On the occasion of the EU-wide Gender Pay Day on 3 November 2017, AK EUROPE reported that unfortunately hardly any progress has been made towards more gender equality in Europe. From a statistical point of view, since this day, women in the EU have been working without payment, as they are still being paid less than their male counterparts for the same work. Mid-November, the European Commission presented its Action Plan to combat the gender pay gap.
The equality of men and women has been an objective of the Common Europe for over 60 years and is a fundamental right, which has been enshrined in the EU Treaties. A Eurobarometer survey, which was published parallel to the Action Plan, shows the significance, the European population attaches to this principle: 90 % of Europeans regard it as unacceptable that women are paid less than men and 64 % support income transparency as a means to bring about change.
However, the gap between wish and reality could hardly be wider! As the AK reported on the occasion of the EU-wide Equal Pay Day, at 16.3 %, the pay gap between men and women remains constantly high and in all other areas of life too, progress towards more gender equality is very sluggish. Mid-November, the European Commission presented the EU Action Plan 2017-2019 to combat the Gender Pay Gap. The Action Plan includes a package which prioritizes 8 areas for action, that are aimed at the equality of women in the labour market.
The principle of equal pay is already enshrined in the European Treaties and the EU Directive on Gender Equality provides legally binding: “For the same work or for work to which equal value is attributed, direct and indirect discrimination on grounds of sex with regard to all aspects and conditions of remuneration shall be eliminated”. However, additional efforts are required to ensure that this principle is implemented in practice without exception. Therefore, the Commission adopted way back in 2014 a recommendation on more pay transparency.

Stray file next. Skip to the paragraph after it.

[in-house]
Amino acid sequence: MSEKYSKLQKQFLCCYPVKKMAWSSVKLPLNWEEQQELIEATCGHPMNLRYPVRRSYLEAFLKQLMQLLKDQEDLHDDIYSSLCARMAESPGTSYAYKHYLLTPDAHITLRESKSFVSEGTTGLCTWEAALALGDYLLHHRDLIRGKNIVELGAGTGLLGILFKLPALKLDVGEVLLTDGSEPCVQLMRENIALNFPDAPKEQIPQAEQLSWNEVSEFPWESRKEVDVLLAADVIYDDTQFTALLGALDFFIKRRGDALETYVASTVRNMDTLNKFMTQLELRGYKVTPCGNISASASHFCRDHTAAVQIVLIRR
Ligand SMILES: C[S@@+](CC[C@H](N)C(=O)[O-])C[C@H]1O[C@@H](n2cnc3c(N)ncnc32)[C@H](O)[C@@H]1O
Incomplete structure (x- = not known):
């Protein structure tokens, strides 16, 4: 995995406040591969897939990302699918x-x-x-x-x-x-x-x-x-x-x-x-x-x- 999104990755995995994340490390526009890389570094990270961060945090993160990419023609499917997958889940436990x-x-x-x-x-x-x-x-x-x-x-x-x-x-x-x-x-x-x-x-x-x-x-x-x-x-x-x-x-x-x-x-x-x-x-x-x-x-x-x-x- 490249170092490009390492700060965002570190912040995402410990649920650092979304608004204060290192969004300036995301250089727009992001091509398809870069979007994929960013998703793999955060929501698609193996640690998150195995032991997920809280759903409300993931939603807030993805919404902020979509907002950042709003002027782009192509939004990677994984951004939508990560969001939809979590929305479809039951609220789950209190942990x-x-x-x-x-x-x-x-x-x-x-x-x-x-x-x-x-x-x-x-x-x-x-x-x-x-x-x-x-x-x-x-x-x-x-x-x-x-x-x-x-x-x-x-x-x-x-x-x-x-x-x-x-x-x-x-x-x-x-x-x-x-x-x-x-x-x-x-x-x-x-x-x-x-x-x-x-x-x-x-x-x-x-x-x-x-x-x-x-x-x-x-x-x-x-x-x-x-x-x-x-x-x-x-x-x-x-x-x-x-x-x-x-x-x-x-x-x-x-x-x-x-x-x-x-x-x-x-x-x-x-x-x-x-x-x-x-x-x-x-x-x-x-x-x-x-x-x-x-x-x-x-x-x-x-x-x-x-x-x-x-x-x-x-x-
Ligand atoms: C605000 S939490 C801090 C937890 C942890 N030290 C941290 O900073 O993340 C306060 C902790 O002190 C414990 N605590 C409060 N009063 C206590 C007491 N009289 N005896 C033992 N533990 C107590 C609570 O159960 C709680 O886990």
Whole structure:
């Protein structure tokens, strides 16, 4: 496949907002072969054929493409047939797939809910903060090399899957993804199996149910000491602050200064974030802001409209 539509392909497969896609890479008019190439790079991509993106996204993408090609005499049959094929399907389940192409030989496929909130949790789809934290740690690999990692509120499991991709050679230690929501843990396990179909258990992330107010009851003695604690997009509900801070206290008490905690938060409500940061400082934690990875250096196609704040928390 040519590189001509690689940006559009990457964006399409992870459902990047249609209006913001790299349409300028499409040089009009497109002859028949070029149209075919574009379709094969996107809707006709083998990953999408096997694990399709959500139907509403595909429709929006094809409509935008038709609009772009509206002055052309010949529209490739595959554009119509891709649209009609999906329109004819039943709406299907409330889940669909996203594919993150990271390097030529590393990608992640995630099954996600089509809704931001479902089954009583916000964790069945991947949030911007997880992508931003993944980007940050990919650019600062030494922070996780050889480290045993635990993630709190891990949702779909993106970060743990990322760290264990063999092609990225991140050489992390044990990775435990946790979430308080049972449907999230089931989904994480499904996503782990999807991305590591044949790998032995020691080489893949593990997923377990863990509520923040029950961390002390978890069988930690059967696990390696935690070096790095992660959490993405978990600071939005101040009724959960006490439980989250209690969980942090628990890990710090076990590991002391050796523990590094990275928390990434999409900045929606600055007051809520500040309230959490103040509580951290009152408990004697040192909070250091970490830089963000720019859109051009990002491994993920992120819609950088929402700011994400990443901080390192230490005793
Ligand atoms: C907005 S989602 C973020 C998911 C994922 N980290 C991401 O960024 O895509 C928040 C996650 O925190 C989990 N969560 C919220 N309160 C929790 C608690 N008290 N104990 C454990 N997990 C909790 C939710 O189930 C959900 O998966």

An evaluation of this non-binding recommendation shows that national measures are insufficient. A third of the Member States did not implement any of the proposed initiatives; many countries did so only very insufficiently. Hence, the Commission is now considering making the 2014 recommendations legally binding. In concrete terms this might involve: the right of employees to information on wage and salary levels; regular reporting by employers on wages and salaries, itemised according to groups of employees or positions and the precise specification of the term 'equal work'. It is also being considered to impose more serious sanctions in case of infringements and to improve compensation for disadvantaged employees.
More pay transparency could significantly contribute to ensure that women’s right regarding equal pay for equal work are implemented. As the Eurobarometer survey has shown, the awareness among employees concerning the Gender Pay Gap is paradox: whilst 69 % believe that women in their country are payed less for equalwork, only 33 % think that this is happening at their own place of work. More income transparency due to a right to information or mandatory reporting by employers itemised according to groups of employees or positions could make a contribution to overcome the imbalance in respect of wages and salaries. Almost half of the women say that they intend to speak to their superior should they would learn of any gender-specific discrimination; 30 % would contact their trade union representative and 15 % would even seek legal support. This would make a major contribution to ensure that in practice equal pay is being paid for equal work!
Apart from that, the Commission plans to take supportive action in seven further areas, which fall in the responsibility of the Member States, or to contribute to combatting the Gender Pay Gap by raising awareness. These include in particular the underpayment in sectors with a high share of women, the glass ceiling and the unequal distribution of care work.
The AK will continue to closely monitor all these initiatives and carry on to report on these. The fight against the Gender Pay Gap demands speedy progress: if the current speed continues, the pay gap between men and women would only be closed at the start of the next millenium! From the AK’s point of view, it is now vital that the key points of the Action Plans are followed by concrete deeds and that the Commission, together with the European Parliament and the Council of Ministers as co-legislator, within the scope of their competencies, get concrete improvements off the ground.